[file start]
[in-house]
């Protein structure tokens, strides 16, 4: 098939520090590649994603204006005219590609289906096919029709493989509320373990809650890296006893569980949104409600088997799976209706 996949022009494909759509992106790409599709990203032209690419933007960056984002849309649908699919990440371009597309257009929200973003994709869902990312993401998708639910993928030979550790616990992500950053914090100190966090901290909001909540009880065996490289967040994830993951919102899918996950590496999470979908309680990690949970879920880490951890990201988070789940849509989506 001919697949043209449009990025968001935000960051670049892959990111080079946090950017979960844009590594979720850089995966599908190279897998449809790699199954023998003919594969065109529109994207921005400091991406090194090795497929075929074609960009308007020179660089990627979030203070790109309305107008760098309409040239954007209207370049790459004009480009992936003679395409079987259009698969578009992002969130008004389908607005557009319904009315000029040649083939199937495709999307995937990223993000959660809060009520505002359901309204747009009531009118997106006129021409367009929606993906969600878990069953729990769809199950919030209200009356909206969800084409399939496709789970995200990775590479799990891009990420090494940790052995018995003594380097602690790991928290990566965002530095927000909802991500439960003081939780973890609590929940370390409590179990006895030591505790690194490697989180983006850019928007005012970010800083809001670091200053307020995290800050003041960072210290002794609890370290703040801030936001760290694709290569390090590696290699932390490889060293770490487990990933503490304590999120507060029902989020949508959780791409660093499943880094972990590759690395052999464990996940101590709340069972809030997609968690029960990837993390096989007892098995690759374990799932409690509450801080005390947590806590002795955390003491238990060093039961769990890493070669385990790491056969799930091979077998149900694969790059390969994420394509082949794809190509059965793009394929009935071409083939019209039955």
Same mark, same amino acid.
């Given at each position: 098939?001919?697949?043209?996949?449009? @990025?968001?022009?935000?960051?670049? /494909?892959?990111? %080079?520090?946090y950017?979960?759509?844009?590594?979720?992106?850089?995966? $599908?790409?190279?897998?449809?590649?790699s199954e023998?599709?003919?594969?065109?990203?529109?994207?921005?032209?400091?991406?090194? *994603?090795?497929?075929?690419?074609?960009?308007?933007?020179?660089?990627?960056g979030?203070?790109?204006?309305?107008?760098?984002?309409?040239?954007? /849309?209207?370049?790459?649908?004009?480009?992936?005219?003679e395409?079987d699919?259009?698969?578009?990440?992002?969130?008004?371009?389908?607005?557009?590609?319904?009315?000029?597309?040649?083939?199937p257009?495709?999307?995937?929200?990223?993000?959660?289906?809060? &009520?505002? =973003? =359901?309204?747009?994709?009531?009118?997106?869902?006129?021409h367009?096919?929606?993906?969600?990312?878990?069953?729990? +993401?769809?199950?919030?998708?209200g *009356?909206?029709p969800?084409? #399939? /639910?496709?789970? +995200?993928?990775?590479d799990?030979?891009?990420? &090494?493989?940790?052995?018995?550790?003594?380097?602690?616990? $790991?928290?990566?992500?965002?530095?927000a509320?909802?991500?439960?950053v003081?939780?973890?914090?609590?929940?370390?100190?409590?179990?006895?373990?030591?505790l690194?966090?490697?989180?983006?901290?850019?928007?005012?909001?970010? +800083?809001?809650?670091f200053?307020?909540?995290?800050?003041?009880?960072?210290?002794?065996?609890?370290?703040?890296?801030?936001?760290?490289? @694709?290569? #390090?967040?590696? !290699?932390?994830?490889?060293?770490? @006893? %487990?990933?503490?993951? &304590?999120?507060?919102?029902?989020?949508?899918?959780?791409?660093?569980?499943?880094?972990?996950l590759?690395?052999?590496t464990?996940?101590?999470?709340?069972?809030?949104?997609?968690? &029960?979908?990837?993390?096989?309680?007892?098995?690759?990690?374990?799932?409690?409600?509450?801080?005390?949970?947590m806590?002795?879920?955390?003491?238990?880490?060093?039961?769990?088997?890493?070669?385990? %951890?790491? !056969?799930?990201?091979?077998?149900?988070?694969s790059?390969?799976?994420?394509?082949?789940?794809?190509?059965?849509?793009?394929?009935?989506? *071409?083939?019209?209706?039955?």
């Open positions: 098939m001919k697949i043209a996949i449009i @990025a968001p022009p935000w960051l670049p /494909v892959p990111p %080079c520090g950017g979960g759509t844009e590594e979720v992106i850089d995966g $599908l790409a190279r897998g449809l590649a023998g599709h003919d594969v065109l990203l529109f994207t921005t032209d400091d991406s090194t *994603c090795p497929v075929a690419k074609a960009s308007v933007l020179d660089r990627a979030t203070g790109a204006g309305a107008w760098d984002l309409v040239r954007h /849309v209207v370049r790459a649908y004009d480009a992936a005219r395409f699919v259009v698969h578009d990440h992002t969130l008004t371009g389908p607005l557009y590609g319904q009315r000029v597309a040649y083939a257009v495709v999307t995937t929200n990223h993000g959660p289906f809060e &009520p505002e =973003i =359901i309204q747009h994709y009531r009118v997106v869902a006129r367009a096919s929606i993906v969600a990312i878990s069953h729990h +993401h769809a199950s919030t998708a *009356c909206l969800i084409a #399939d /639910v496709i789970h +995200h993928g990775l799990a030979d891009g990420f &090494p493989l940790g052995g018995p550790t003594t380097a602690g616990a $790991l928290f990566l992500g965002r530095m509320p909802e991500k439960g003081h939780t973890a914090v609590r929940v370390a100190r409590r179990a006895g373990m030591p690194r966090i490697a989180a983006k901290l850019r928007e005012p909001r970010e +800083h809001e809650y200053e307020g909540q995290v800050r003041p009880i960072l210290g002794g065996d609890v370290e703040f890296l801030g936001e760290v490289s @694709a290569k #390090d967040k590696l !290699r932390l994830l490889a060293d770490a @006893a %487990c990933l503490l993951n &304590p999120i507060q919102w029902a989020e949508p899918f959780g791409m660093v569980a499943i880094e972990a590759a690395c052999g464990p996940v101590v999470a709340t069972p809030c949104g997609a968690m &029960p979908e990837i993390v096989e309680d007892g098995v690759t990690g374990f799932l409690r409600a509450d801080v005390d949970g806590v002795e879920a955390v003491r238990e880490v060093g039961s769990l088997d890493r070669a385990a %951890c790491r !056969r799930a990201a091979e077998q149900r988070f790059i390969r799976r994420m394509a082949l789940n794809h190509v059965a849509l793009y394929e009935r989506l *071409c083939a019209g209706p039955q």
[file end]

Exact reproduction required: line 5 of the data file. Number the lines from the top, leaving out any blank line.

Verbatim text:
């Open positions: 098939m001919k697949i043209a996949i449009i @990025a968001p022009p935000w960051l670049p /494909v892959p990111p %080079c520090g950017g979960g759509t844009e590594e979720v992106i850089d995966g $599908l790409a190279r897998g449809l590649a023998g599709h003919d594969v065109l990203l529109f994207t921005t032209d400091d991406s090194t *994603c090795p497929v075929a690419k074609a960009s308007v933007l020179d660089r990627a979030t203070g790109a204006g309305a107008w760098d984002l309409v040239r954007h /849309v209207v370049r790459a649908y004009d480009a992936a005219r395409f699919v259009v698969h578009d990440h992002t969130l008004t371009g389908p607005l557009y590609g319904q009315r000029v597309a040649y083939a257009v495709v999307t995937t929200n990223h993000g959660p289906f809060e &009520p505002e =973003i =359901i309204q747009h994709y009531r009118v997106v869902a006129r367009a096919s929606i993906v969600a990312i878990s069953h729990h +993401h769809a199950s919030t998708a *009356c909206l969800i084409a #399939d /639910v496709i789970h +995200h993928g990775l799990a030979d891009g990420f &090494p493989l940790g052995g018995p550790t003594t380097a602690g616990a $790991l928290f990566l992500g965002r530095m509320p909802e991500k439960g003081h939780t973890a914090v609590r929940v370390a100190r409590r179990a006895g373990m030591p690194r966090i490697a989180a983006k901290l850019r928007e005012p909001r970010e +800083h809001e809650y200053e307020g909540q995290v800050r003041p009880i960072l210290g002794g065996d609890v370290e703040f890296l801030g936001e760290v490289s @694709a290569k #390090d967040k590696l !290699r932390l994830l490889a060293d770490a @006893a %487990c990933l503490l993951n &304590p999120i507060q919102w029902a989020e949508p899918f959780g791409m660093v569980a499943i880094e972990a590759a690395c052999g464990p996940v101590v999470a709340t069972p809030c949104g997609a968690m &029960p979908e990837i993390v096989e309680d007892g098995v690759t990690g374990f799932l409690r409600a509450d801080v005390d949970g806590v002795e879920a955390v003491r238990e880490v060093g039961s769990l088997d890493r070669a385990a %951890c790491r !056969r799930a990201a091979e077998q149900r988070f790059i390969r799976r994420m394509a082949l789940n794809h190509v059965a849509l793009y394929e009935r989506l *071409c083939a019209g209706p039955q």